Quality water resistance in a ski pant is an absolute must. They come in contact with snow on nearly every run and really put the membrane and outer fabric to the test. For ultimate waterproof protection, look for a burly hardshell pant made with Gore-Tex, eVent, or NeoShell. Mid-range and entry-level options utilize manufacturer’s in-house laminates that are still fully waterproof but won’t have as long a lifespan. Seam taping also is important for hard chargers to keep moisture from sneaking through. In terms of waterproofing, spending a little more does get you a nice upgrade in quality and longevity.

Patagonia Reconnaissance skiing
Deep snow will expose weaknesses in a waterproof design

Backcountry skiers have a different set of priorities, so they do not always require full waterproofing. Less time sitting on a chair and more time on the skin track means that some backcountry skiers only need waterproofing in specific areas or a very water-resistant construction. Your needs will vary, but don't automatically discount a partially waterproof or non-waterproof pant for backcountry use.


The most breathable fabrics are found in softshell pants. Their stretchy and air permeable fabrics allow for the most air to escape, which is great for mild weather backcountry use. Breathability is, however, less important for those that stick to lift-assisted runs and don't venture into the sidecountry. And to help compensate for a less breathable construction, you can use the zippered leg vents that are included on most midrange designs. As a result, resort goers can save some serious dough by not having to spend the hundreds of extra dollars it requires to get into a highly breathable shell pant. No matter your decision, if staying reasonably cool is important for you, don’t skimp on your baselayer. It plays a vital role in breathability, drawing moisture off of your skin.

The 3-layer construction Gore-Tex Pro is the ultimate expression of breathability in a fully waterproof and tough shell, but it comes at a hefty price. The Patagonia PowSlayer is a beautiful example of how a quality ski pant can put it all together: burly but light enough, great mobility and super breathable–and then the nearly $600 price brings you back down to reality. If you can afford it, you’ll surely enjoy it!

Ski Pants (uphill)
Backcountry skiers put a premium on the breathability of their pants

Pants vs. Bibs

Another “either or” decision when choosing ski pants is if you should opt for regular ski pants or a bib. Ski pants are the traditional choice, and what most folks are familiar and comfortable with. They’re completely capable for resort or backcountry skiing and are much easier to slip on and off. The primary downside is felt when cold air or moisture finds its way up your back on the chairlift or after taking a fall. 

Bibs are the remedy for these maladies as they offer better protection from the snow, wind, and wet. They also run a little warmer thanks to the extra layering that covers part of your upper body. While you don’t have to worry about any discomfort from a waistband, the straps that run over your shoulders can take some getting used to (and you’ll need to dial in the fit to keep them from moving around excessively). But deep powder explorers or those that are prone to good falls may prefer bib-style pants. The Salomon Chill Out, Outdoor Research Skyward, and Patagonia PowSlayer are a few of our favorite bib designs.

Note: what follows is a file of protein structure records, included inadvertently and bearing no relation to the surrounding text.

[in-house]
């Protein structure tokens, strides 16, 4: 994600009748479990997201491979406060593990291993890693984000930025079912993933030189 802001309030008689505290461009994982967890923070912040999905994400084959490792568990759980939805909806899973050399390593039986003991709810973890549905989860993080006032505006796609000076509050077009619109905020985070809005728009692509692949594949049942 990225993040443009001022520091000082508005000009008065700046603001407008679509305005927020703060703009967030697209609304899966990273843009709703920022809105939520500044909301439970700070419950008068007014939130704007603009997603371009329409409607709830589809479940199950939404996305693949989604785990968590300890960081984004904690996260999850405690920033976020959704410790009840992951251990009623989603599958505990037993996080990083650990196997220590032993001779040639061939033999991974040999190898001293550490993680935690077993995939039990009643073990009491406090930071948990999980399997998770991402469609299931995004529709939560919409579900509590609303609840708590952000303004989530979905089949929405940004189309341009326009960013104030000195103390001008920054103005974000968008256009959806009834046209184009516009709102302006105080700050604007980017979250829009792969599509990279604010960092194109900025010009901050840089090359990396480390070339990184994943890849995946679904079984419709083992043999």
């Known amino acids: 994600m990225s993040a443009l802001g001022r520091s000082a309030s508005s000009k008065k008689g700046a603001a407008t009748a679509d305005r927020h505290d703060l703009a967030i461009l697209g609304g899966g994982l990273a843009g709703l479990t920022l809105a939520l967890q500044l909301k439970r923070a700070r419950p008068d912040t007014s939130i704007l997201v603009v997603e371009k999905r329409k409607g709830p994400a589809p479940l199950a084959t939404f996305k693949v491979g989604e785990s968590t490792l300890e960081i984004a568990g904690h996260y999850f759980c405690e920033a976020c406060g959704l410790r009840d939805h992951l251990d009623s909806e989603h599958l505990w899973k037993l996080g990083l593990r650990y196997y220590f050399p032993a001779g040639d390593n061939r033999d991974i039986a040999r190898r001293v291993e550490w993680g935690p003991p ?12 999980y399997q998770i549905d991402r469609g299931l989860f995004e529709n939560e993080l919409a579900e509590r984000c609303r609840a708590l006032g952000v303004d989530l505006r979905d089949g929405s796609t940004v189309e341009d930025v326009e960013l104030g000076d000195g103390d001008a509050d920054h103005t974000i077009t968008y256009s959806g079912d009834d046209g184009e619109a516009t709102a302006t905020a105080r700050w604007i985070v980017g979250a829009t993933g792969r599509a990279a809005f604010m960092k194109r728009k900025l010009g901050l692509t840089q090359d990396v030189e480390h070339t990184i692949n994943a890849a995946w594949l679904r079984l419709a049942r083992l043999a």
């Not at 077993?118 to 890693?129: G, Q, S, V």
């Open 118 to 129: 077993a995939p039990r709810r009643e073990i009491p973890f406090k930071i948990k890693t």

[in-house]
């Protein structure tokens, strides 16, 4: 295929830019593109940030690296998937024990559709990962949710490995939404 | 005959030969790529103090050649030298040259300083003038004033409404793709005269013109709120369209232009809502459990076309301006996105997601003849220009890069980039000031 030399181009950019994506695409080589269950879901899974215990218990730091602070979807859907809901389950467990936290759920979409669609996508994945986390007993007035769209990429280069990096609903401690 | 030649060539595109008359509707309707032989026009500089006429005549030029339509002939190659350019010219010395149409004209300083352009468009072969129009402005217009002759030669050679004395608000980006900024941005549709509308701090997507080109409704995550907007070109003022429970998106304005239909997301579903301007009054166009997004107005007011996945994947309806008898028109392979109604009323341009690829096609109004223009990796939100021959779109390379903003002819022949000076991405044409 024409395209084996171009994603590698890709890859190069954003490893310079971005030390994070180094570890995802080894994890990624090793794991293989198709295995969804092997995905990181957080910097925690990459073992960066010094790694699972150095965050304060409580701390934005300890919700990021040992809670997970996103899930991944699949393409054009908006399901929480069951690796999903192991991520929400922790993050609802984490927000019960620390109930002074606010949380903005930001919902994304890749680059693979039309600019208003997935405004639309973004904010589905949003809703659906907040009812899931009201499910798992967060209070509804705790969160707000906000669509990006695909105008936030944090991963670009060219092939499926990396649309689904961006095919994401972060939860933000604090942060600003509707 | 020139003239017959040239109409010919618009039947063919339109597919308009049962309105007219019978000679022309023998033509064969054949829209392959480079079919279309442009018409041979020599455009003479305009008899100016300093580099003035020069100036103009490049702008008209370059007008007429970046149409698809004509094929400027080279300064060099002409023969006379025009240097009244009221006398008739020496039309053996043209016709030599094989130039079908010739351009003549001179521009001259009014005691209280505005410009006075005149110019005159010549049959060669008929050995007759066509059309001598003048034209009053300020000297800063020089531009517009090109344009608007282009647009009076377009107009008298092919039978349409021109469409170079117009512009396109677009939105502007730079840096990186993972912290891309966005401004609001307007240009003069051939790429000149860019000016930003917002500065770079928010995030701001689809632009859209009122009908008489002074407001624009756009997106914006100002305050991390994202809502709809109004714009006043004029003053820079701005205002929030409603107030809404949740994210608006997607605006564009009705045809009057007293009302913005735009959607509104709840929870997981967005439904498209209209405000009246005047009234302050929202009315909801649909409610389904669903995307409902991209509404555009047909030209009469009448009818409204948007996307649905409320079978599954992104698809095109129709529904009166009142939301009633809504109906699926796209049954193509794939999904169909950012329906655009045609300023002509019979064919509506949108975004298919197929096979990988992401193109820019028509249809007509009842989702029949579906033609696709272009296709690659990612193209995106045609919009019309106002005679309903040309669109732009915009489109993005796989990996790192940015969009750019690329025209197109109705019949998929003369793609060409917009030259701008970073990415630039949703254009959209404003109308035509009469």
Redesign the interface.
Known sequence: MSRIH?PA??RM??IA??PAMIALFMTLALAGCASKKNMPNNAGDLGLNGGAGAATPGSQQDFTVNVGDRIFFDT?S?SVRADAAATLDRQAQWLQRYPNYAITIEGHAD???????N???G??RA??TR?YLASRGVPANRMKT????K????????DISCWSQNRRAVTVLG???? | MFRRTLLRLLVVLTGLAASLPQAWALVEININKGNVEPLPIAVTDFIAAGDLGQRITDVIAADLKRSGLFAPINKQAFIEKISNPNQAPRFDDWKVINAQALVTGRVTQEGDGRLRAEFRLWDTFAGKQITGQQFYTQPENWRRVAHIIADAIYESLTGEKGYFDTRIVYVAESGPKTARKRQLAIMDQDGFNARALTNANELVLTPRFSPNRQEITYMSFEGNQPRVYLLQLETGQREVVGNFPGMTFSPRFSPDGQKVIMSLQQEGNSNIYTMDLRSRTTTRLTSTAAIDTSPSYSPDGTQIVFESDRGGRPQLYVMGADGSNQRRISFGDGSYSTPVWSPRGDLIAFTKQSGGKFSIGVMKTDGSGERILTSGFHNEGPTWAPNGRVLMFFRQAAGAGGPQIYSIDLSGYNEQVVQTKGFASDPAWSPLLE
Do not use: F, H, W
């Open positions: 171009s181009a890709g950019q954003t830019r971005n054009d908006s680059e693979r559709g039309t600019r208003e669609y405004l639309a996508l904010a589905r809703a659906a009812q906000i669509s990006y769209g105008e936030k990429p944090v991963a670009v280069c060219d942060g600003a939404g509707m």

Outdoor Research Skyward (removing bib)
Zipping off the bib portion of the Outdoor Research Skyward

Ski Pant Features

Typically, your jacket or backpack will be your primary place to store personal items, but it’s still worth checking the pocket situation on a pair of ski pants you’re eyeing. We recommend looking for a couple of zippered pockets that can fit snacks or personal effects. Unless you really need the extra capacity, we’re not huge fans of cargo pockets for resort skiing—filling them with larger items feels ungainly on the mountain. Backcountry-specific pants put a greater emphasis on storage with dedicated pockets for items like a beacon.

Patagonia Reconnaissance cargo pockets
For backcountry use, a cargo pocket can be helpful for keeping items close at hand

To aid in breathability, most ski pants offer a zippered ventilation system that amounts to pit zips for your legs. The most common locations for the zippered panels are along the inside of your upper legs or on the outside of your thighs. Either style will help dump a lot of heat, although the former design adds unwanted bulk and can occasionally impact comfort. Backcountry-specific pants often place the zippers on the outside of the legs in part for this reason.

You may run into RECCO listed as a feature on some mid-range and high-end ski pants. These are for skiers that make their way out of bounds or into areas where they may experience avalanche dangers. The RECCO reflector built into your ski jacket or pant is a passive unit that doesn’t require batteries and can be picked up by RECCO detectors often carried by resort search and rescue. They lack the technology and strong signal of a dedicated search and rescue beacon, but they do provide an additional safety measure should you venture off-trail. We've found The RECCO System website helpful if you want more information about the technology.

Ski pants (Recco)
Recco reflectors are a common feature on mid-range and high-end pants

Ski Pant Fit

The best fit, no matter the type of skier or boarder you are, will come down to personal preference. There are, however, some helpful generalizations to be made. Most beginner and intermediate downhill skiers opt for a comfortable fit that is neither too tight nor too baggy. Backcountry touring types lean towards a slimmer cut for easier uphill hiking, and those that spend time in the park are inclined for a loose, relaxed fit. In the end, the most important thing is to find a fit that’s comfortable for you. Our preference is a bit of a more tailored fit as long as it doesn't negatively mobility. And it needs to have enough room to comfortably throw on a light or midweight baselayer underneath.
Back to Our Top Ski Pant Picks  Back to Our Ski Pant Comparison Table